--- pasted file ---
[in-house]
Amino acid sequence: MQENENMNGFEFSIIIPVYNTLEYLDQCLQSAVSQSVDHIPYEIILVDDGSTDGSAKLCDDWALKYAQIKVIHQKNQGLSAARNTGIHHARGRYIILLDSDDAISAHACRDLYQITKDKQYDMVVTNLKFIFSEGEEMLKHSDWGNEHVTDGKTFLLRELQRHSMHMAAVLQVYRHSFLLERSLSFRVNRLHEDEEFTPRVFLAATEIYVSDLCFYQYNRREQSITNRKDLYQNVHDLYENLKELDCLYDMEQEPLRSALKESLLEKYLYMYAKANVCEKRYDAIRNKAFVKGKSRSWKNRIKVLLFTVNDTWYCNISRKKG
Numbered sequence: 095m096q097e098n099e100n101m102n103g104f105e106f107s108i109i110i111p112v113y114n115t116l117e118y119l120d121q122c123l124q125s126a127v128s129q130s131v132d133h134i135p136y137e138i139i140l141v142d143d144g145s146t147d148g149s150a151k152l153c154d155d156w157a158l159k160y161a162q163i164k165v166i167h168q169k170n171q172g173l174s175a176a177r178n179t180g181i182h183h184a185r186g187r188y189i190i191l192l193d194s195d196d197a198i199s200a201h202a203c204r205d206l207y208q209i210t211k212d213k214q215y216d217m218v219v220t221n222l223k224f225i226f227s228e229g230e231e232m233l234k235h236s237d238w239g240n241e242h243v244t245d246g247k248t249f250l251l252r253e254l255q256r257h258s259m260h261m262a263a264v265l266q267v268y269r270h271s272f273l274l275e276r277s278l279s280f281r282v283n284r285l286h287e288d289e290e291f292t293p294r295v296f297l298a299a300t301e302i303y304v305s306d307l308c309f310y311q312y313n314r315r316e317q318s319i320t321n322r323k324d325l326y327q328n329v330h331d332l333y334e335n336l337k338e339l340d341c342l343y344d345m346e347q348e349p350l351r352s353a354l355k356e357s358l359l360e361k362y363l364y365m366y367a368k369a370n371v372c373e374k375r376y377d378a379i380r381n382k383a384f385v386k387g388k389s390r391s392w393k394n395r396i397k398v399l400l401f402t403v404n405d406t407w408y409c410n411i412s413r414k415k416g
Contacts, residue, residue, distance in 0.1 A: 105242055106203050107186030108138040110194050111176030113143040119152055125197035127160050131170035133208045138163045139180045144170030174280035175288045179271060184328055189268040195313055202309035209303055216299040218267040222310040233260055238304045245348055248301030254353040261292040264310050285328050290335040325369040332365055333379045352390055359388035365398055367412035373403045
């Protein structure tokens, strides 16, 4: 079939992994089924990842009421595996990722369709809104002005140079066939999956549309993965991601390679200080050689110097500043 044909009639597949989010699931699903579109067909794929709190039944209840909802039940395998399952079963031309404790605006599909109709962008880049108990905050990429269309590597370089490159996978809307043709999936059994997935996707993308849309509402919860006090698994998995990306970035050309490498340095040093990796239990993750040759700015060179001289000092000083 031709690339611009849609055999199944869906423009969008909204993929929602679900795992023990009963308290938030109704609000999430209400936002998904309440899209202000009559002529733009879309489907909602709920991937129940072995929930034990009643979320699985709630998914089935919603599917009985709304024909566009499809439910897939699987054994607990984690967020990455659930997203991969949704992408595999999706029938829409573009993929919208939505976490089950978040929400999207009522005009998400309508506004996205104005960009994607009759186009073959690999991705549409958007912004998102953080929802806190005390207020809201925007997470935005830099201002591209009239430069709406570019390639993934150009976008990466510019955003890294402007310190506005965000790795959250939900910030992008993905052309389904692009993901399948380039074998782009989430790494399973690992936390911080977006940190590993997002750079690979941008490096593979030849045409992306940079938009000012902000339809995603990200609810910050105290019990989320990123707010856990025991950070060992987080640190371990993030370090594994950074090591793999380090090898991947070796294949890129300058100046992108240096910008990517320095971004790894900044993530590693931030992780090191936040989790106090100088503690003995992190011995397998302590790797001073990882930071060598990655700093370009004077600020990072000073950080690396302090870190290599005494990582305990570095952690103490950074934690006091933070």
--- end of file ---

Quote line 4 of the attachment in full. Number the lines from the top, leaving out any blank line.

Contacts, residue, residue, distance in 0.1 A: 105242055106203050107186030108138040110194050111176030113143040119152055125197035127160050131170035133208045138163045139180045144170030174280035175288045179271060184328055189268040195313055202309035209303055216299040218267040222310040233260055238304045245348055248301030254353040261292040264310050285328050290335040325369040332365055333379045352390055359388035365398055367412035373403045